CLTS in the Solomon Islands – the word is spreading…

29 September 2016

The Solomon Islands has a reputation for being laid back and the smiling, barefooted airlines hostess that greets me at the grassy strip formerly known as Fera Airport, in Isabel Province, portrays this in typical fashion. Coconut palms sway in the gentle breeze and as the 10 seater plane slides back down the muddy island runway, the hostess laughs guiltily from our transit boat, telling me that the plane came and went ahead of schedule, leaving passengers on the two boats heading our way stranded. Nobody seems too phased.

I’ve been extremely excited for this trip. We (Plan International Australia) have recently established a partnership with Live & Learn Solomon Islands and in July 2016 began a WASH program in Isabel Province to build on the (slow) progress being made with CLTS in the country. It was back in 2012 that I wrote a case study Spreading the word, not the shit: CLTS trials in the Solomon Islands after trials of CLTS were conducted in Malaita Province and it had taken until this year, in 2016, for the first no open defecation (NOD) village to be declared with support from the Ministry of Health, UNICEF and Live & Learn. In Solomon Pijin the term ‘open defecation free’ infers a legitimacy for people to openly defecate as ‘freely’ as they like, and hence the coining of another phrase and requisite acronym; NOD.

In August, under the Plan / Live & Learn SI project, 10 villages have been ‘triggered’ in partnership with the Solomon Islands Government, Ministry of Health’s, Rural Water, Sanitation and Hygiene program (RWASH). It’s early days, but the vigour with which these communities are attacking their sanitation issues tells a different story to the laid back attitude the region is famous for.

We arrived in Kologaru Village in Northern Isabel Province, a 20-minute boat ride from Buala Station, to find several households feverishly constructing latrines in the heat of the morning. I met Mr Gabriel, a member of the recently formed (by the project) village WASH Committee who was constructing the last wall to finish off his new latrine. Gabriel talked passionately about the need to improve the village’s sanitation. He had spent the whole day prior, a designated day for community work, travelling from house to house either supporting those who have started constructing latrines or helping those who hadn’t to ‘peg out’ a site and begin. He also smugly relived a strong discussion with the village chief, owner of the only ‘flushing toilet’ in the village. ‘I told Chief to dig an absorption pit for his toilet.’ The waste pipe is currently directed into a stream. We need to protect our environment and have a proper latrine’ said Gabriel.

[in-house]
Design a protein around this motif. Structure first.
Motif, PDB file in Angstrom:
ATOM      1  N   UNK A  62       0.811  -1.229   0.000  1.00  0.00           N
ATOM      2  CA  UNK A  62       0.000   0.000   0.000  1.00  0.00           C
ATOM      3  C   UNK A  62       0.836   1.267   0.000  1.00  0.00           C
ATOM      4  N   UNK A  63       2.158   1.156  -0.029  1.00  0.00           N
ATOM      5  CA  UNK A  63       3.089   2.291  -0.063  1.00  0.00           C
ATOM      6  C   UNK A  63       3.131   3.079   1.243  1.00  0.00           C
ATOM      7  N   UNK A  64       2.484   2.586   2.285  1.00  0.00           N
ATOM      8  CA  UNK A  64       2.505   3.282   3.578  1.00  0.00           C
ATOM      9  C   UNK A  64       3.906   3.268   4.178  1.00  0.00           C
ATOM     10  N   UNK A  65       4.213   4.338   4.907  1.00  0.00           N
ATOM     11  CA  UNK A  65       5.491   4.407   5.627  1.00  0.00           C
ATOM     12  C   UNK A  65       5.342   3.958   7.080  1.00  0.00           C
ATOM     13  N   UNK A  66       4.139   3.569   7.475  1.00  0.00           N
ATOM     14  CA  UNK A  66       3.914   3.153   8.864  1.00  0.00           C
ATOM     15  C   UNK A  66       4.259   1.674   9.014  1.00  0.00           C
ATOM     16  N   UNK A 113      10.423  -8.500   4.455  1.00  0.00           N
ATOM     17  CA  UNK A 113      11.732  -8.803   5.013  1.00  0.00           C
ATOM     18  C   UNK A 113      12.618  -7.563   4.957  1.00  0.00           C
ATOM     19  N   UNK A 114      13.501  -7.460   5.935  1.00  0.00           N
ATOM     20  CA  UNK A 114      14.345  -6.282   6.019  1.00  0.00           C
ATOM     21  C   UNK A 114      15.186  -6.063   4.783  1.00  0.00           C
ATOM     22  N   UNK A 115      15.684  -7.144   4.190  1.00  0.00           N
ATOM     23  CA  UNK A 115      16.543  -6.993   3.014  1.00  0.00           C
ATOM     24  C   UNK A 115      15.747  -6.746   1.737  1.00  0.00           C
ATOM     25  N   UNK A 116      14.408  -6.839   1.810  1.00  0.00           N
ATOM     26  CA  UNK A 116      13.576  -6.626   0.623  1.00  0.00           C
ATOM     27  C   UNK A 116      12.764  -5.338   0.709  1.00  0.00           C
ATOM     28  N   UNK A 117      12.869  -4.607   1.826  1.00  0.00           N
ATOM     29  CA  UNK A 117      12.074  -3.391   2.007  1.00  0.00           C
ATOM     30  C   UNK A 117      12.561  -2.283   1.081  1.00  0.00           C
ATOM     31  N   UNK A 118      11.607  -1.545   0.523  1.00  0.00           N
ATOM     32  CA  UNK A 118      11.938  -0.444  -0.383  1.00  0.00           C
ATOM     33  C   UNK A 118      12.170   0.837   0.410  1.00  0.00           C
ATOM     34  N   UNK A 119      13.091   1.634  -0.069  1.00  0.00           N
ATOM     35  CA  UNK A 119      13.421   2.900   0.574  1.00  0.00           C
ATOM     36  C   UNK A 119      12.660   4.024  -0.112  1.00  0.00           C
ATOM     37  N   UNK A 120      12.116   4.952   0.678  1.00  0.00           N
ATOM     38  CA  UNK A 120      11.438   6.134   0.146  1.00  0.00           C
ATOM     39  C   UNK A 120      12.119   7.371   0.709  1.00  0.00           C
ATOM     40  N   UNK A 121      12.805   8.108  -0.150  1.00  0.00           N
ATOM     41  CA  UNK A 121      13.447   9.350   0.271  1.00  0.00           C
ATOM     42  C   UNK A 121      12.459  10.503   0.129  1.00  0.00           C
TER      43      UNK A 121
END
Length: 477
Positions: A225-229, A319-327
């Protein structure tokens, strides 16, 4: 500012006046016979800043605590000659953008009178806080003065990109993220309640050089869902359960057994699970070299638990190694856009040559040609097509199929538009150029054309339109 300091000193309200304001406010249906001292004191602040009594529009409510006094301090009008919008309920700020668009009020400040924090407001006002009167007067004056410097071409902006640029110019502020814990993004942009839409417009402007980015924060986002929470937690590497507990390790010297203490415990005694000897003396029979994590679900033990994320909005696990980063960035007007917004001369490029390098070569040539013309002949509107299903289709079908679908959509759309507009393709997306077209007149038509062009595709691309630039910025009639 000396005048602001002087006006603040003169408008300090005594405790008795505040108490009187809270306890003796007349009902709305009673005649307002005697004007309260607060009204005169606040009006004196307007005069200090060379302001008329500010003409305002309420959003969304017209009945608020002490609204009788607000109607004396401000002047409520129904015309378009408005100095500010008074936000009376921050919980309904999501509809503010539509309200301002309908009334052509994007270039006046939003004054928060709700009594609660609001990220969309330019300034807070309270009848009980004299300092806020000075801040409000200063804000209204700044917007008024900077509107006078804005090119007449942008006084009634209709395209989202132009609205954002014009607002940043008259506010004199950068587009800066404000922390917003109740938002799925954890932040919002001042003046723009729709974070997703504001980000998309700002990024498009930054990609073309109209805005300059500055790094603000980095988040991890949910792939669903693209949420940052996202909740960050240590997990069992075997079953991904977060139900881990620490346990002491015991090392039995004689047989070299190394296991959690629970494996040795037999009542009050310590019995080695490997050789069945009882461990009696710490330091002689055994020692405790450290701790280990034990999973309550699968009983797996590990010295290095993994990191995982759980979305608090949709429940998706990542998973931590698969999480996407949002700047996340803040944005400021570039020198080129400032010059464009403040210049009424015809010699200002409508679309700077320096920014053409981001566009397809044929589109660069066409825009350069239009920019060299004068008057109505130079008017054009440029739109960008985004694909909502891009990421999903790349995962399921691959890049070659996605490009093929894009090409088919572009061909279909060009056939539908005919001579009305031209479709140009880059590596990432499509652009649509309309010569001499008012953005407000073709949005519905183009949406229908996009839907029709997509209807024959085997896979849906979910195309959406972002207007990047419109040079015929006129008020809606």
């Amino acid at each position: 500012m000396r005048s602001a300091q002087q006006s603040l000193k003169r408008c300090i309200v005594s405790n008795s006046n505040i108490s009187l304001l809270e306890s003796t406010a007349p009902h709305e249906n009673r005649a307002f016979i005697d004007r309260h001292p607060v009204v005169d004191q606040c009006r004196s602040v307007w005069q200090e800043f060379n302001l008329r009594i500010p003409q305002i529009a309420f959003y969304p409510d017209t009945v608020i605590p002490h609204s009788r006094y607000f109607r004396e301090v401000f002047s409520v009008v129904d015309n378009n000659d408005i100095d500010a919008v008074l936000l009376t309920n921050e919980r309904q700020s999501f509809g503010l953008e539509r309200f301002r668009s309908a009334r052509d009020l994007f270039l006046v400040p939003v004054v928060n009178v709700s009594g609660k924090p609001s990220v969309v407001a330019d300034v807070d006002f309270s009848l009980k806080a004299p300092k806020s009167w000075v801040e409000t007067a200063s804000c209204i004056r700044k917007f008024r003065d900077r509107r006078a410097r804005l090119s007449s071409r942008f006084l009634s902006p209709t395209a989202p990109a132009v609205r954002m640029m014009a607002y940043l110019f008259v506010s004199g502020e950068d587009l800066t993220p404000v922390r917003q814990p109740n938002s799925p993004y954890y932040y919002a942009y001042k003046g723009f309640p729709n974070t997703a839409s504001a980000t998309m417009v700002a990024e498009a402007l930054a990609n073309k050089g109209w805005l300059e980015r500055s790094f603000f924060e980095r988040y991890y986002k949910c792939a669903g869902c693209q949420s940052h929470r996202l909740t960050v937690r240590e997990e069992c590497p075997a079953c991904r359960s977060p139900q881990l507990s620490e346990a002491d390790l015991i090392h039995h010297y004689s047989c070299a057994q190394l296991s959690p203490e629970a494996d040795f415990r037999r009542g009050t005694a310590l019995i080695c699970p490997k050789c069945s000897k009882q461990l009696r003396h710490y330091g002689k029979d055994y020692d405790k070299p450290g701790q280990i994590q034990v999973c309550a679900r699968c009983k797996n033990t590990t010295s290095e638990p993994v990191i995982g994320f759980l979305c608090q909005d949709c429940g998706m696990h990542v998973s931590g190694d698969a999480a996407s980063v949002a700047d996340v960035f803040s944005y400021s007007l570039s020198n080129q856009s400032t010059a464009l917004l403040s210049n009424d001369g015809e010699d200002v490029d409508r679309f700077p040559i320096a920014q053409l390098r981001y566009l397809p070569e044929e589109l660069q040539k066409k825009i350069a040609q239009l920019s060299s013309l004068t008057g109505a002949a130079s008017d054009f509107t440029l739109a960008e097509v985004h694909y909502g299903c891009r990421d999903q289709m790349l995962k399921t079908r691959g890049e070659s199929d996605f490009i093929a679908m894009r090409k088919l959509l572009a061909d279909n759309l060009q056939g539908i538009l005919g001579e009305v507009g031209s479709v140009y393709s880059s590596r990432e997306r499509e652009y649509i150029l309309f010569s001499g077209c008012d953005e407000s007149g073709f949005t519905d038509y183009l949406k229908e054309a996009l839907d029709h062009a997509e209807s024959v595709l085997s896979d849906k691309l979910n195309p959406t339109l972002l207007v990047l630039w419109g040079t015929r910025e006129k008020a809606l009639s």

We visited Joseph, the lead ‘community facilitator’ from the WASH Committee who was trained to support CLTS activities and from house to house we went, inspecting new latrines and finding several people mid-construction. Joseph explained to me that of the 49 households in the village, 19 have started construction and the remaining 30 now have a site pegged out. The village is targeting the end of September for NOD verification.

Live & Learn’s key staff member on the ground, Frida Poi’te, has been leading the triggering and follow-ups. She recalls to me the power of the children chanting and singing about their desires for sanitation, which brought the village parents and other members to tears during the triggering. Frida also values good pre-triggering consultation to clarify the objectives of the process and set aside any cultural taboos related to sanitation.

The project has worked closely with the local government to implement the project and has trained village members to support triggering activities. This has embedded strong leadership, knowledge and accountability within each village, whilst also allowing a majority of the triggering to be conducted in local language, with experienced project facilitators chipping in to support at critical times.

With the JMP indicators suggesting 85% of the rural population don’t access an improved latrine (WHO/UNICEF Joint Monitoring Program 2015) and a recent national WASH baseline survey indicating only 6% of people in Isabel Province access an improved latrine, the need is paramount. Though it is still early days for CLTS in Solomon Islands, the energy and progress in Isabel Province might just be the answer to many questions being asked by key decision makers.

The Plan International/Live & Learn project will train some builders on latrine construction to improve the technical understanding within villages while improving availability of improved hardware. Further, these masons will be connected with village savings and loans clubs to improve financing for sanitation. Some School Led Total Sanitation activities are also on the cards to support the CLTS activities and the project will provide some operations and maintenance training to support minor repairs of existing water supply systems while improving their ongoing sustainability.

For more information please contact [email protected] or [email protected]

Tom Ranking is Programme Manager WASH for Plan International Australia.